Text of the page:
Related: Economy, Living, Social Issues

Rocky Mountain News, R.I.P.



Another one bites the dust …  Denver’s Rocky Mountain News stopped publishing today, just 55 days short of its 150th anniversary.  This latest daily newspaper death echoes across the country at a time when even the New York Times and Washington Post are having financial troubles.   Hearst’s San Francisco Chronicle may well be the next to shut down operations, and its Seattle Intelligencer is up for sale.  As I wrote on this blog earlier last week, daily newspapers are in deep trouble.  The Philadelphia Inquirer has declared bankruptcy, as have the Chicago Tribune and LA Times.

Why are all of these newspapers in trouble?   Advertising revenue, their economic mainstay, is in serious decline as major corporations cutback budgets during the recession.   Perhaps equally important, newspaper readers are migrating to digital media — the 24/7 news cycle provides so many options for news junkies that reading a paper seems, well, quaint.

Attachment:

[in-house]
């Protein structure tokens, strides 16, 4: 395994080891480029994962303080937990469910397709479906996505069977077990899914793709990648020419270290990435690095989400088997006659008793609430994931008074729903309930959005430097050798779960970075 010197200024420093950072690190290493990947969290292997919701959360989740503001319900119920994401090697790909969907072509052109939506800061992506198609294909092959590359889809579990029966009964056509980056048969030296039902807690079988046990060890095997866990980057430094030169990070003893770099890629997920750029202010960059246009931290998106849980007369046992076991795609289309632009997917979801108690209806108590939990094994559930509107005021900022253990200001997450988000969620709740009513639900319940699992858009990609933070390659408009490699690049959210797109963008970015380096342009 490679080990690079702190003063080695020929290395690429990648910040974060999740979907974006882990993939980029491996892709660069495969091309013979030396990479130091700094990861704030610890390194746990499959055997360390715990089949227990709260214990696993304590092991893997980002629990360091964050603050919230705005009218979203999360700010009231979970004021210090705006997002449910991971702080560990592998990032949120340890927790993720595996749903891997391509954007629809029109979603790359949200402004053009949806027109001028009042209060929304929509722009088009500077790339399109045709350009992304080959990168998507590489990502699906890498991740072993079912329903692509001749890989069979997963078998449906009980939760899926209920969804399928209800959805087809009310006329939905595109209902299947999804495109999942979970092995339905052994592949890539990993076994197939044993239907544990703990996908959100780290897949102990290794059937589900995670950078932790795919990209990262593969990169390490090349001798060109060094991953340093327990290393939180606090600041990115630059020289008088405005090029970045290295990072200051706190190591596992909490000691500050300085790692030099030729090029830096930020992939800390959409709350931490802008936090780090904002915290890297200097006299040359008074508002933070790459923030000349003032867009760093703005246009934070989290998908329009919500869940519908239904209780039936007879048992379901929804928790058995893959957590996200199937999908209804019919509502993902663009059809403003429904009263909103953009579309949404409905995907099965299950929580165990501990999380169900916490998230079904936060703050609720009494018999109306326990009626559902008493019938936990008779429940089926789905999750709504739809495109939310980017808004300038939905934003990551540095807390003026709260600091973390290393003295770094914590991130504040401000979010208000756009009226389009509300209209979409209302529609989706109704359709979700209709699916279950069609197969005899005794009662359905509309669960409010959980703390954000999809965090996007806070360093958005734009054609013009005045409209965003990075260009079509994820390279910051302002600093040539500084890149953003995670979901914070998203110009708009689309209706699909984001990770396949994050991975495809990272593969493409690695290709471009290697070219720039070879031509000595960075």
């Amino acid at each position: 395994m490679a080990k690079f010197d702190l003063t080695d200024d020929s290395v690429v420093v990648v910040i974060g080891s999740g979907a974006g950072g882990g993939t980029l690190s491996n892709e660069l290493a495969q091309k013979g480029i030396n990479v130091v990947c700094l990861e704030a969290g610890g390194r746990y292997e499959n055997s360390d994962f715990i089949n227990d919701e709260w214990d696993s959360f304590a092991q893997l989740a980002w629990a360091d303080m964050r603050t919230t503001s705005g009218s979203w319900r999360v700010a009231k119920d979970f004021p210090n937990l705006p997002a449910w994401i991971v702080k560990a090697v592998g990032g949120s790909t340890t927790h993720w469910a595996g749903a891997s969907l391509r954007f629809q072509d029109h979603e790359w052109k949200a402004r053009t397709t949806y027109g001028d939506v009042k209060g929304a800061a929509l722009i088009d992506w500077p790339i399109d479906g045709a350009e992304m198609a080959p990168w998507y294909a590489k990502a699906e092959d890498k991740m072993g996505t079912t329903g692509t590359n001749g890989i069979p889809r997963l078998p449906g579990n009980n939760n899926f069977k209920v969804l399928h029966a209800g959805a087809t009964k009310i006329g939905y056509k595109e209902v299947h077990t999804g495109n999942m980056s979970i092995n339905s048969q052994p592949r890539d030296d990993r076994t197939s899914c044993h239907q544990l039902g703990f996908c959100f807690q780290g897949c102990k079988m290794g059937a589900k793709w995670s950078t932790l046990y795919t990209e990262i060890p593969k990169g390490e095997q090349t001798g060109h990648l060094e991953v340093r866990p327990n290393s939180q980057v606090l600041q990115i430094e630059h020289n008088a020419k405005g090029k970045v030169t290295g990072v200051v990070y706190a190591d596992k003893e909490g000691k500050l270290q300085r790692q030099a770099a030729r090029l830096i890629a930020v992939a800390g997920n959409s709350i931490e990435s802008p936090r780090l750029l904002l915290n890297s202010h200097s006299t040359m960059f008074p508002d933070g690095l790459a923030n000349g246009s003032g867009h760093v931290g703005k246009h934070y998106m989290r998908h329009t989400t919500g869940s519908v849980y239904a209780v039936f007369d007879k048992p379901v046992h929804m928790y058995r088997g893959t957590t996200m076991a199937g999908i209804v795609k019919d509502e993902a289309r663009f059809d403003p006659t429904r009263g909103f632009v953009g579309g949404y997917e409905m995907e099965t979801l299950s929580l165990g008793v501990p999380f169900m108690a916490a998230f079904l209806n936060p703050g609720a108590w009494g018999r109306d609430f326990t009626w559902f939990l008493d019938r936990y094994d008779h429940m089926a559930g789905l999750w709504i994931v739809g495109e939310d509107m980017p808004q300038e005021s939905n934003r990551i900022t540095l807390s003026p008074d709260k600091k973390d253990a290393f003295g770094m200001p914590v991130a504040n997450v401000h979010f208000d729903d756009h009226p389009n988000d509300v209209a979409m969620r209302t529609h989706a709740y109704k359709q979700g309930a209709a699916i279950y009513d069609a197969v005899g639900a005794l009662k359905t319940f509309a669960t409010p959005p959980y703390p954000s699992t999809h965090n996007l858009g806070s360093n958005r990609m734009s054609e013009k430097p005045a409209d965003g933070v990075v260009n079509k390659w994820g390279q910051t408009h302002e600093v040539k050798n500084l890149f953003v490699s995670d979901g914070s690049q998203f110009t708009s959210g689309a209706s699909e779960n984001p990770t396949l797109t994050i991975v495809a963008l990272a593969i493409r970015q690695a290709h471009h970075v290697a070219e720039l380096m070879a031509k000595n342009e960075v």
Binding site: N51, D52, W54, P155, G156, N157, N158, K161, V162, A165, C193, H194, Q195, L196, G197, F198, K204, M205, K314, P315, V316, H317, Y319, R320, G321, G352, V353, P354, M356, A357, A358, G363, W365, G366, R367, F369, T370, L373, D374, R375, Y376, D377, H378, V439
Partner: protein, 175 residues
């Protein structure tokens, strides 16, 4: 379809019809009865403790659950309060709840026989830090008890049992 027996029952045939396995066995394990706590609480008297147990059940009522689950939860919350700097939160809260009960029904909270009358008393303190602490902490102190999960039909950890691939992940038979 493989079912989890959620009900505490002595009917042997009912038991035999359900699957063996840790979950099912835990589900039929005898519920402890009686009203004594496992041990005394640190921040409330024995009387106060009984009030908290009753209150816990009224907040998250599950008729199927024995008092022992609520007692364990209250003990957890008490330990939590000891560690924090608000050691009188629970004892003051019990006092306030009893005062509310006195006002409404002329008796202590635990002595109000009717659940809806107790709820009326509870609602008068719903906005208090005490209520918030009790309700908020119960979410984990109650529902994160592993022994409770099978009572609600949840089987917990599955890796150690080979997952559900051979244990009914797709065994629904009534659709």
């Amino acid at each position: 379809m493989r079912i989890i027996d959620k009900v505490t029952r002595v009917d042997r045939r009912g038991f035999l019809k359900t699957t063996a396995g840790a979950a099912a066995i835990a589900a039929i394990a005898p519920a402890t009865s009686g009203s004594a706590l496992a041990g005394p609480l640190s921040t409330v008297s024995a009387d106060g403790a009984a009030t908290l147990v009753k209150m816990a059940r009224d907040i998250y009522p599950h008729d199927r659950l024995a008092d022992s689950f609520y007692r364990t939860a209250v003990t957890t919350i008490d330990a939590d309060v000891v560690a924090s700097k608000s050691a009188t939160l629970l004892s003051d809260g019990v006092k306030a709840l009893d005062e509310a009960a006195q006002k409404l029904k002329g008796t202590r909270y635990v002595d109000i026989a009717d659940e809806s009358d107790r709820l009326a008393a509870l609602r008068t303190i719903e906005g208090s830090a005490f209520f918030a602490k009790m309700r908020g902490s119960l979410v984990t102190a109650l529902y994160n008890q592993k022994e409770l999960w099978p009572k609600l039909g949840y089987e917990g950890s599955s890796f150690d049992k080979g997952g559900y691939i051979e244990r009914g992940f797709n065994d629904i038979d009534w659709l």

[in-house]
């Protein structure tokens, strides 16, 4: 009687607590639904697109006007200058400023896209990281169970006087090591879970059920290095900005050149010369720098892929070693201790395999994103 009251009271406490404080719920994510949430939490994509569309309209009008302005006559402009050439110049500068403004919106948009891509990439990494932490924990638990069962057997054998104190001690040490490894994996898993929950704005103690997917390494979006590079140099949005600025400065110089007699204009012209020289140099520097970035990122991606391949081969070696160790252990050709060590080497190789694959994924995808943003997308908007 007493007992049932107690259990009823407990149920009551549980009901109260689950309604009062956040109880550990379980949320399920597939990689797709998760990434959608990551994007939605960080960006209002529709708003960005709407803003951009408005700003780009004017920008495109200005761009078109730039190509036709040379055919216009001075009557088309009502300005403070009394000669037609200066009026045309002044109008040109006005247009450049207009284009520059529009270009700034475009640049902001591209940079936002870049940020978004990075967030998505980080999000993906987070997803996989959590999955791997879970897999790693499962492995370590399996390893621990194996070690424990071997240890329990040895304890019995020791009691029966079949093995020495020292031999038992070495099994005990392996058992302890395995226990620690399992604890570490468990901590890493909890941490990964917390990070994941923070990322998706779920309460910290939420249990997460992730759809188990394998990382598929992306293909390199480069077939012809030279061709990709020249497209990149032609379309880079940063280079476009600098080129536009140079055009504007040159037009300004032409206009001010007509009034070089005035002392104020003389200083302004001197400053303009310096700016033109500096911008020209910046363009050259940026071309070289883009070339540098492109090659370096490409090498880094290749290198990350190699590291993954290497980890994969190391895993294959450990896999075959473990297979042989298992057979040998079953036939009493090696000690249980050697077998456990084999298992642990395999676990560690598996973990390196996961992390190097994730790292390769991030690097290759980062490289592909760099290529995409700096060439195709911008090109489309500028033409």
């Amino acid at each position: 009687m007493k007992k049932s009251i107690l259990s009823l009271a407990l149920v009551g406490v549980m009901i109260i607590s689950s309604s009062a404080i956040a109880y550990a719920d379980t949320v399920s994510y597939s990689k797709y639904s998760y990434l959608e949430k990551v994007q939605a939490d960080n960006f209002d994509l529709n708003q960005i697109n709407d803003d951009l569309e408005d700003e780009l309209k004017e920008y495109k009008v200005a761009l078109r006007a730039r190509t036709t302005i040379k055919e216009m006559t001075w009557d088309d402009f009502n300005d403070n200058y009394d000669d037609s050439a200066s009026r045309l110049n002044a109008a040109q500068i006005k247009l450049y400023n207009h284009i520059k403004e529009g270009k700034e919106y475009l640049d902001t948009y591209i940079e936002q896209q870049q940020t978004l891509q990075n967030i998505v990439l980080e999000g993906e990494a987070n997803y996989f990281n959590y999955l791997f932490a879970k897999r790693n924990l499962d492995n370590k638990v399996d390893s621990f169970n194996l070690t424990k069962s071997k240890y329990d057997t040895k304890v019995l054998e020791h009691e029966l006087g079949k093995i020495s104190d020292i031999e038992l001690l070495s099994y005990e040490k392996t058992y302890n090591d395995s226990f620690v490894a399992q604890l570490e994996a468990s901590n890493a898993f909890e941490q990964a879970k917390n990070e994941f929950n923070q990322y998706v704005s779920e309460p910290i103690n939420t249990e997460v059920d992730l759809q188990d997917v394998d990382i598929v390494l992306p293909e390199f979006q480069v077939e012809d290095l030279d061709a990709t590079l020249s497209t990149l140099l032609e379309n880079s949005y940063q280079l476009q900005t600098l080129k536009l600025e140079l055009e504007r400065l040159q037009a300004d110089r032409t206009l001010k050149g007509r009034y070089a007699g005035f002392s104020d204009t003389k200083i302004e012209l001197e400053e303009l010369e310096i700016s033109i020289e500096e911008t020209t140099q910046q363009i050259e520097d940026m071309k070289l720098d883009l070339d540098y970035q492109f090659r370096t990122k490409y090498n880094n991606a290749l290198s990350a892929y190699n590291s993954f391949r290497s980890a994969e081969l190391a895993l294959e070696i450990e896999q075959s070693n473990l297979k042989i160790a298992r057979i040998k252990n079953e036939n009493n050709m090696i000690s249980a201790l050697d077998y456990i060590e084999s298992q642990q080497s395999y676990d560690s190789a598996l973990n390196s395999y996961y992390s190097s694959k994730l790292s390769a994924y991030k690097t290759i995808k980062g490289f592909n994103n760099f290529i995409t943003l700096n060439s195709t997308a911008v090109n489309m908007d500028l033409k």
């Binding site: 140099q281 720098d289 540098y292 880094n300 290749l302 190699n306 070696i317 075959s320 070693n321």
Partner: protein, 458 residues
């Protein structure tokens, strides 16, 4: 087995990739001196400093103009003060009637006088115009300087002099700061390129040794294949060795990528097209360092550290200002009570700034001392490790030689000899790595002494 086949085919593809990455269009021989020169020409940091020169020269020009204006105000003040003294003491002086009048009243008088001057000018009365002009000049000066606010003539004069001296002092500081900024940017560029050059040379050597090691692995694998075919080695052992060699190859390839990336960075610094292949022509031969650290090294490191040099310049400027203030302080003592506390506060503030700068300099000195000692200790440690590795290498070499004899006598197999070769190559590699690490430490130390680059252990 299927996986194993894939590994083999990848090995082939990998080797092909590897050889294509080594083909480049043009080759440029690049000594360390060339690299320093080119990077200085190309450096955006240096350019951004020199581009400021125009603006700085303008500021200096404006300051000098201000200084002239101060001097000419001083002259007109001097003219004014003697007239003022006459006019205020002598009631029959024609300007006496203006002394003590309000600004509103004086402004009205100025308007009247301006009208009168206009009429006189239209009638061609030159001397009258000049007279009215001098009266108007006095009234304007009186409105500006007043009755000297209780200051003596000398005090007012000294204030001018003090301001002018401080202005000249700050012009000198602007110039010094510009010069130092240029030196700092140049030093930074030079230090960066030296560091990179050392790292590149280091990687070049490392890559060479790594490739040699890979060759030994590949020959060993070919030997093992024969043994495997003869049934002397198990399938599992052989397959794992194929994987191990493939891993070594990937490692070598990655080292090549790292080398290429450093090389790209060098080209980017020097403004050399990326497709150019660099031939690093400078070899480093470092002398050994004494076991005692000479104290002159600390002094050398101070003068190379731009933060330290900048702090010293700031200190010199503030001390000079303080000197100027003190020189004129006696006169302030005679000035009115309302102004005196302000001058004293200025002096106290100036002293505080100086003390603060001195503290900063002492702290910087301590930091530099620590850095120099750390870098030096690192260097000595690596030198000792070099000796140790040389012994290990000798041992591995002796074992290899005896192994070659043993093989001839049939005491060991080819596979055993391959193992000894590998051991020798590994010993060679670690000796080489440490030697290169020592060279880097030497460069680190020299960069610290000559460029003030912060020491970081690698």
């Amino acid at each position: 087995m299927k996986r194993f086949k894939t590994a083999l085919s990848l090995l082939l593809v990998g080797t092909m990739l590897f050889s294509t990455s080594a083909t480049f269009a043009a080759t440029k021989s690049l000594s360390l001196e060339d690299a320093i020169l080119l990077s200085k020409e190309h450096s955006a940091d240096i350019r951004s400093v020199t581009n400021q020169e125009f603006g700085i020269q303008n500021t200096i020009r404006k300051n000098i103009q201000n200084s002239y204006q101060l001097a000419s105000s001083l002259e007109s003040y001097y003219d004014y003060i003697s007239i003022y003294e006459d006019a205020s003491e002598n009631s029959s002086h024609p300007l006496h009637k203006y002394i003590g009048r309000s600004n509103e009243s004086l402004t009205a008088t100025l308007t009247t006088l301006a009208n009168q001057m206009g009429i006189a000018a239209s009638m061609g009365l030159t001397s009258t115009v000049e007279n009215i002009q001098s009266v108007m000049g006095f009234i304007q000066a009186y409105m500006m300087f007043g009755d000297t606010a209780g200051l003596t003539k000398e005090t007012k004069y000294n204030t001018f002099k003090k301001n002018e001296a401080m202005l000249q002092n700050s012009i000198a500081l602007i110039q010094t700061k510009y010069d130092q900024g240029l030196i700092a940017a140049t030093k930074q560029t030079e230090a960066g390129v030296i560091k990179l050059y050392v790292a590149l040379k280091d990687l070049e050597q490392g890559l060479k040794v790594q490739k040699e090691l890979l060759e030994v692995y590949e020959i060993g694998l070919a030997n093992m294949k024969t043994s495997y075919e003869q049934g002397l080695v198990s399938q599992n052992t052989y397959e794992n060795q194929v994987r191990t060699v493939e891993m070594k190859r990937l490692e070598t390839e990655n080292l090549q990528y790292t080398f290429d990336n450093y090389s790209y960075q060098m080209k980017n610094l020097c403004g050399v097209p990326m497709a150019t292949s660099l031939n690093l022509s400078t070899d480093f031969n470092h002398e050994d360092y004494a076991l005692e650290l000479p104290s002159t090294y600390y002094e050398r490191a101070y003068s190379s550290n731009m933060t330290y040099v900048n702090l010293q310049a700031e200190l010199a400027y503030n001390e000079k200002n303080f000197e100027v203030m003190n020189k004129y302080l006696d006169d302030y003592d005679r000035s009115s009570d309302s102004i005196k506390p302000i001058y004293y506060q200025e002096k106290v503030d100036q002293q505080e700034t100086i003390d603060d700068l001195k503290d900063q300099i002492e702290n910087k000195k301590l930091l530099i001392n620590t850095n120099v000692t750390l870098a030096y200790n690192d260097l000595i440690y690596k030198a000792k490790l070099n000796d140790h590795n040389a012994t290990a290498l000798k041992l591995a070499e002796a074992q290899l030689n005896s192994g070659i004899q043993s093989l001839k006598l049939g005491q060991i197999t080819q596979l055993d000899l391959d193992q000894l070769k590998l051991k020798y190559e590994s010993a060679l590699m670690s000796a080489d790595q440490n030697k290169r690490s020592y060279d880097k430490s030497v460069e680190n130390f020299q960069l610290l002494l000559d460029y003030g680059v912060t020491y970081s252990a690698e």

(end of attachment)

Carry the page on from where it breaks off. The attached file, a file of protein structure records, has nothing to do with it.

Does this mean the death of journalism?   Hardly.   If anything, the Internet has spawned an entirely new kind of reporting, one that requires constant vigilance.   Gone are the days when time would elapse between seeing the story, taking notes, composing copy, editing and then overnight printing.   Now the story goes from cell phone camera and text to online in an instant.   (The quality of writing has clearly deteriorated, but that’s a story for another day!)

I will remember the Rocky Mountain News with a bit of fondness.  For a week in 1993 I was in Denver to provide commentary for Pope John Paul II’s visit for World Youth Day.  I read the Rocky Mountain News avidly during that week, and the paper provided some nice comments about our “color commentary” team of various Catholic “experts” on KUSA.   I have those clippings somewhere…. now they are history in more ways than one!

Perhaps all of us who hoard old newspapers with famous historical headlines have a point — someday, posterity may find it the height of antiquity to see that we actually read words on paper.   Of course, most of the newsprint will have long melted to dust, but I suspect a few will remain intact in their plastic wrappers under the back seat of my car….

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Patricia A. McGuire, President, Trinity, 125 Michigan Ave. NE, Washington, DC 20017
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